So who do we see topping up Hollywood Reporter today but the ol’ parent company, Rainbow Media, LLC? As Anne Thompson recounts, Rainbow is working towards being the first to acquire and release indie films simultaneously in theaters (mainly the IFC Center) and on video-on-demand. Hopes are to release 18-24 films per year through the new strategy â€” the VOD package will be called "IFC Center Presents" and will offer a subscription model as well as a per-title one (the first release will probably be Jeff Stanzler‘s "Sorry, Haters"). And that’s all we got on that at the moment, because sometimes we get our company announcements the same way you do â€” via a regurgitated press release read on an internet news source.
Of course, the whole collapsing windows issue is a hot one, particularly since Rainbow’s not the only one with this idea. Slate‘s Edward Jay Epstein looks at what Mark Cuban is trying to do with HDNet Films (its kick-off film, Steven Soderbergh’s "Bubble," which we reviewed at the NYFF here, will get a simultaneous theatrical/DVD/TV release January 27th), detailing the sticky situation that is the studio-enforced 45-day to four-month window between when a title is made available on DVD and when it can go to VOD or a premium movie channel.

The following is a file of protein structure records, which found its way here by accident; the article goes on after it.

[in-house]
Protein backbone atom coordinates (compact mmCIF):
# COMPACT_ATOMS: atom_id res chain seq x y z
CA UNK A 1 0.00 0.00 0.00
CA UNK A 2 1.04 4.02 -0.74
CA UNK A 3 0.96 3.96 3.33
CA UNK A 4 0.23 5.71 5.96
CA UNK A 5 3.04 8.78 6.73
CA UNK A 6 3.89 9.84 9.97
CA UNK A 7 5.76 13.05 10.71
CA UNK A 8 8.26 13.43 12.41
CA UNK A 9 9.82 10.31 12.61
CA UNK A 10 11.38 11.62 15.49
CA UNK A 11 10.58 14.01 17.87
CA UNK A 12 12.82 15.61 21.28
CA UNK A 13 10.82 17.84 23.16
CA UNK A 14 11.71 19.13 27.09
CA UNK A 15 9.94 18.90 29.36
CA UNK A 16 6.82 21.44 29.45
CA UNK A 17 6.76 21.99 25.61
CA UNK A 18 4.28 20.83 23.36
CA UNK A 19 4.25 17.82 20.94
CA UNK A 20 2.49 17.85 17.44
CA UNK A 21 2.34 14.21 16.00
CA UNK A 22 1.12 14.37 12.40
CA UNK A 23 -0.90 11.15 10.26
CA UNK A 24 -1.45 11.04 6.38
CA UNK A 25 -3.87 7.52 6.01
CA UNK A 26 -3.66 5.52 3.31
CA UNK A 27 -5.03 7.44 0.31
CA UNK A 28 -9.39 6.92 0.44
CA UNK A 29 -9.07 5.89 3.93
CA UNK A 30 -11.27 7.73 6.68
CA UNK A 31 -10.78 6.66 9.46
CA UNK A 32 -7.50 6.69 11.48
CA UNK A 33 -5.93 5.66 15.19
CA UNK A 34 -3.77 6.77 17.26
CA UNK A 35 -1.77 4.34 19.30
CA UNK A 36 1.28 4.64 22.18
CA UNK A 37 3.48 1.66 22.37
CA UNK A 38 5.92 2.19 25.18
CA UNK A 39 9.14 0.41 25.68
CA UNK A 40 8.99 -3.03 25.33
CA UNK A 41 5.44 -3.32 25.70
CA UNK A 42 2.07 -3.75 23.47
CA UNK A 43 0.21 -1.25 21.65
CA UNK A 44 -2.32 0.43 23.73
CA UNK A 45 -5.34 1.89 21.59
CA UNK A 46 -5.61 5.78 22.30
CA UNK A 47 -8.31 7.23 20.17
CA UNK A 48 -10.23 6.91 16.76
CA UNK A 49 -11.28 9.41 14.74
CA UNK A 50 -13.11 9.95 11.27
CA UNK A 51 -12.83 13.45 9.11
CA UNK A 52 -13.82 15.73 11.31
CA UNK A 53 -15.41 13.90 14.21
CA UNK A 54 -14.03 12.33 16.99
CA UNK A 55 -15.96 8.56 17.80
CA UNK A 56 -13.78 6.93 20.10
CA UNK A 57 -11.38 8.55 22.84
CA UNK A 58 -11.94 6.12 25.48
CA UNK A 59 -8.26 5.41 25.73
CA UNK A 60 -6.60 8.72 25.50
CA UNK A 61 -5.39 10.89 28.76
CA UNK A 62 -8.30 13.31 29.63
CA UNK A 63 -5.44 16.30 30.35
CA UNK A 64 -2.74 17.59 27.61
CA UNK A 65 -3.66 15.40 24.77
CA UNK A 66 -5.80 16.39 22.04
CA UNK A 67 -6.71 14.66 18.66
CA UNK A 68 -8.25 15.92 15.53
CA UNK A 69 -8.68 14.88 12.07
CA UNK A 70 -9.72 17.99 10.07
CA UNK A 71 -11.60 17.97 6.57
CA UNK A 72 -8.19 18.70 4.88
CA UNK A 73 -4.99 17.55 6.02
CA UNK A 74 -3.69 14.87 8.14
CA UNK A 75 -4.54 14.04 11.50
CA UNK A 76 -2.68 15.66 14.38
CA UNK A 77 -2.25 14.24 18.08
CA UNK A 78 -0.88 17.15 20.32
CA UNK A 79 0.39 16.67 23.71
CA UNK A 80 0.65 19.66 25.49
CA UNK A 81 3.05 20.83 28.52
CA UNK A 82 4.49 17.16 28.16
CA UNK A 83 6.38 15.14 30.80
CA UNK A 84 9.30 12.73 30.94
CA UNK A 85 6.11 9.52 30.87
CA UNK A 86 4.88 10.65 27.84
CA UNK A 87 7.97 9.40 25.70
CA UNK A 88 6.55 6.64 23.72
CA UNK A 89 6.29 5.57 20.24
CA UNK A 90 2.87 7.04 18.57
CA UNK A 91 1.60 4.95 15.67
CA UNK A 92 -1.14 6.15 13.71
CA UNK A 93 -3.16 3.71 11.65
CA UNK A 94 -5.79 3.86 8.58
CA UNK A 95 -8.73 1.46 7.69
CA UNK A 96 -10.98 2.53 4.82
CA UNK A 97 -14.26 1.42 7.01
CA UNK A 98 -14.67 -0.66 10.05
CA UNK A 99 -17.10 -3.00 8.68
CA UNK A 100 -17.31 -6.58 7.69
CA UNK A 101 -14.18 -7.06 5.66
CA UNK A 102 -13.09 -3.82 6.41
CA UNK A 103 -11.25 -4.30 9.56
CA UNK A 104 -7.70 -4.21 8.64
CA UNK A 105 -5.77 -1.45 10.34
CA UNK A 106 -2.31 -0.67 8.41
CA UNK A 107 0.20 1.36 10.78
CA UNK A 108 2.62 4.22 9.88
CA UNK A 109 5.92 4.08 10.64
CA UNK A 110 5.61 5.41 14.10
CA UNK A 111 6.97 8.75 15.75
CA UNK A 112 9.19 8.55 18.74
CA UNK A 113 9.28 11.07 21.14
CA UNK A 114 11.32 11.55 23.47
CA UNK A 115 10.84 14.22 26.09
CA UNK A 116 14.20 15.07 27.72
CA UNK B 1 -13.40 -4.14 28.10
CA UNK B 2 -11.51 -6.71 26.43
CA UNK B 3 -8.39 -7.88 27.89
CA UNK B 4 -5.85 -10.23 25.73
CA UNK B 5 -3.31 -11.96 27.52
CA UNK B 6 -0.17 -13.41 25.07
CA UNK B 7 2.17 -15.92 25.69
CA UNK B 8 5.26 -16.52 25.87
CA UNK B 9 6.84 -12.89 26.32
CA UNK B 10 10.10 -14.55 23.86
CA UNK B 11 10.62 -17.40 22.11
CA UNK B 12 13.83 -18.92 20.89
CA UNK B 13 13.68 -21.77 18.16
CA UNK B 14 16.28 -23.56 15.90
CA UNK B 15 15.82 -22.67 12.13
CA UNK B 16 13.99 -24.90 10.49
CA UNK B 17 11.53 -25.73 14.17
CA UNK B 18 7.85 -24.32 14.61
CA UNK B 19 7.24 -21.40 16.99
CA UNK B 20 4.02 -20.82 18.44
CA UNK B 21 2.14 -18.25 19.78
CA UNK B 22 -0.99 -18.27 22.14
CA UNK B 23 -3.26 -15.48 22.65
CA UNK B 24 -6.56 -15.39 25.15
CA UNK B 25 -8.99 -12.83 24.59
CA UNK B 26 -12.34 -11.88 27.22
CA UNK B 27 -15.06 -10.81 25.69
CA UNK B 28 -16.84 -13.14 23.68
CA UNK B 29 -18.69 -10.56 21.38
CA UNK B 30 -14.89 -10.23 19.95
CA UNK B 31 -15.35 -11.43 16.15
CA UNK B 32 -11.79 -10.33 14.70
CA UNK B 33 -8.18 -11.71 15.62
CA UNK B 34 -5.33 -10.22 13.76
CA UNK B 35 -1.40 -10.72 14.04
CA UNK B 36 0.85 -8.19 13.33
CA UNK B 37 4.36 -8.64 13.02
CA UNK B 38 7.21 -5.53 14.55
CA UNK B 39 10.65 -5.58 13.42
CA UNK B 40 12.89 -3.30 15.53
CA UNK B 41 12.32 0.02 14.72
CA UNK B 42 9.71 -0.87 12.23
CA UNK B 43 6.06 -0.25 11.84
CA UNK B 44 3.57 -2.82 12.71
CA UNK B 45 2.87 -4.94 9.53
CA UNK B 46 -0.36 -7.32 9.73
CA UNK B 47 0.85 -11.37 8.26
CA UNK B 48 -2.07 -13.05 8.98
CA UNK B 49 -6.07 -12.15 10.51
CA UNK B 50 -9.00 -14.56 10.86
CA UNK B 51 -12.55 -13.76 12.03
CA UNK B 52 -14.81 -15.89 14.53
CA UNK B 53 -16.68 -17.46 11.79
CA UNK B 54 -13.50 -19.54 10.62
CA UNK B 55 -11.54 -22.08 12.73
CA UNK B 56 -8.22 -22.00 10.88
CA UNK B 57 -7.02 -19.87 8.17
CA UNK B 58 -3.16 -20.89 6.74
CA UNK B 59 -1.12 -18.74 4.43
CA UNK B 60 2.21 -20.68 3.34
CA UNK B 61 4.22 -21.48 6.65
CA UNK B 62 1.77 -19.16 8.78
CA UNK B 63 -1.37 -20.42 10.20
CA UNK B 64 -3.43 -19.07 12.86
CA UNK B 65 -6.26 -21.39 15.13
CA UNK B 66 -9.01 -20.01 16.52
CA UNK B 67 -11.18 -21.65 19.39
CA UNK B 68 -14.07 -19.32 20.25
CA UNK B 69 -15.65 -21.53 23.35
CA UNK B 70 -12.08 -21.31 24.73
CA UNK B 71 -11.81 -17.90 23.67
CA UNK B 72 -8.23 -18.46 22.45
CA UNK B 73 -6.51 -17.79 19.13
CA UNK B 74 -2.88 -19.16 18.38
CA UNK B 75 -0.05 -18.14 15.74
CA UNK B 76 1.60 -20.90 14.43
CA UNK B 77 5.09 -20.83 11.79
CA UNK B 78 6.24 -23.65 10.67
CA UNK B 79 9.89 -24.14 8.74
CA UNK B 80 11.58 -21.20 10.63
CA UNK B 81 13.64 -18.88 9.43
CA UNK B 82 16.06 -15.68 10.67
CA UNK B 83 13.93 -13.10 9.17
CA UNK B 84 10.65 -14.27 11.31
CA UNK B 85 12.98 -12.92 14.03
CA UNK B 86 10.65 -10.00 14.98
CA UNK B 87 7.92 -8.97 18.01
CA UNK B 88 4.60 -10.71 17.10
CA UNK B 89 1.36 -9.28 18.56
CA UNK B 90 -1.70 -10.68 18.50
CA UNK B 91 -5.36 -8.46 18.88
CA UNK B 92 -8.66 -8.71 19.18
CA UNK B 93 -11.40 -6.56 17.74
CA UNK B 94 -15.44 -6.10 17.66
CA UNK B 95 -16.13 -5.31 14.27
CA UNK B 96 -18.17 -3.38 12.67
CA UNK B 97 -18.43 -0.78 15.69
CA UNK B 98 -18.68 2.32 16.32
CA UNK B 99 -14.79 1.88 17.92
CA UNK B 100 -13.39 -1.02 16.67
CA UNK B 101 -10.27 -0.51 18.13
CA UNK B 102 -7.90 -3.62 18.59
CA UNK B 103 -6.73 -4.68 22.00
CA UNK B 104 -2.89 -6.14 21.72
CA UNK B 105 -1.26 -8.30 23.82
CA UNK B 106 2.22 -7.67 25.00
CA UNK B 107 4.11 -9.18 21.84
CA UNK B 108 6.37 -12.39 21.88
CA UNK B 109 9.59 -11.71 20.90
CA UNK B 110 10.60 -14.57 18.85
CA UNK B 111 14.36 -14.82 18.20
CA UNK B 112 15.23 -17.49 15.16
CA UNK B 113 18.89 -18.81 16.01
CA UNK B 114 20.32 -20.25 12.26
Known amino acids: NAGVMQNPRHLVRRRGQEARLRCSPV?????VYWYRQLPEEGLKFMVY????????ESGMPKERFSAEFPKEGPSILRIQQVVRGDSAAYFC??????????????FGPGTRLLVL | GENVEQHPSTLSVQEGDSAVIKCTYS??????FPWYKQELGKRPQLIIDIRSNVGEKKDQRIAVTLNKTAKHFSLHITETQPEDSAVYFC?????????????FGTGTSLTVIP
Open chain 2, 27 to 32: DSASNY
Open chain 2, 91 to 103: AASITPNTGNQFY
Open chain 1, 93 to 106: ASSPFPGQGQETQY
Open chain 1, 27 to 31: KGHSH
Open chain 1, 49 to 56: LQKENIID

What has prevented the studios from closing the video window is simple: Wal-Mart. The company, which is the single biggest seller of DVDs, has made it clear that it does not want to compete with home delivery. Wal-Mart executives told Viacom’s home entertainment division in no uncertain terms that if any studio does away with the 45-day video window for a single title, they would risk losing access to Wal-Mart’s shelf space for all of its titles. Wal-Mart provided studios with more than one-third of their U.S. DVD revenue in 2004. In the face of Wal-Mart’s retail power, the studios have not dared (yet) to do away with the protective video window.
Meanwhile, indieWIRE announces that The Weinstein Company (we got a press release from them with a W logo â€” TWC looks to be settling in as the permanent name, despite what they’re said) has cemented its funding. And Empire‘s got some of the brothers W’s plans for TV, now that they’re flush with cash and ready to start media empire-building:
After its 2006 cinematic sequel, "Sin City" will become a TV series and, cashing in on the current US TV craze for poker-based programming, the Matt Damon–Ed Norton grifters flick "Rounders" will also hit the small screen.
Using their cinematic connections, the Weinsteinâ€™s have also pulled together an impressive array of talent to adapt Alexander McCallâ€™s nit novel "The No.1 Ladies Detective Agency." Anthony Minghella will direct the pilot â€” which centres on a female private eye solving mysteries in Botswana â€” with Richard Curtis on board to script the story. Minghella and Curtis in turn have approached TV guru David E. Kelly ("Ally McBeal") to produce.
They do not dream small, those two. We’ve always had a soft spot for "Rounders," to tell the truth, what with John Malkovich hamming it up in that Eurotrash tracksuit.
John Anderson at the New York Times covers another alternative to the traditional distribution route: IndieFlix.com offers a catalogue of super-indies that they’ll burn onto DVD for you for &9.95.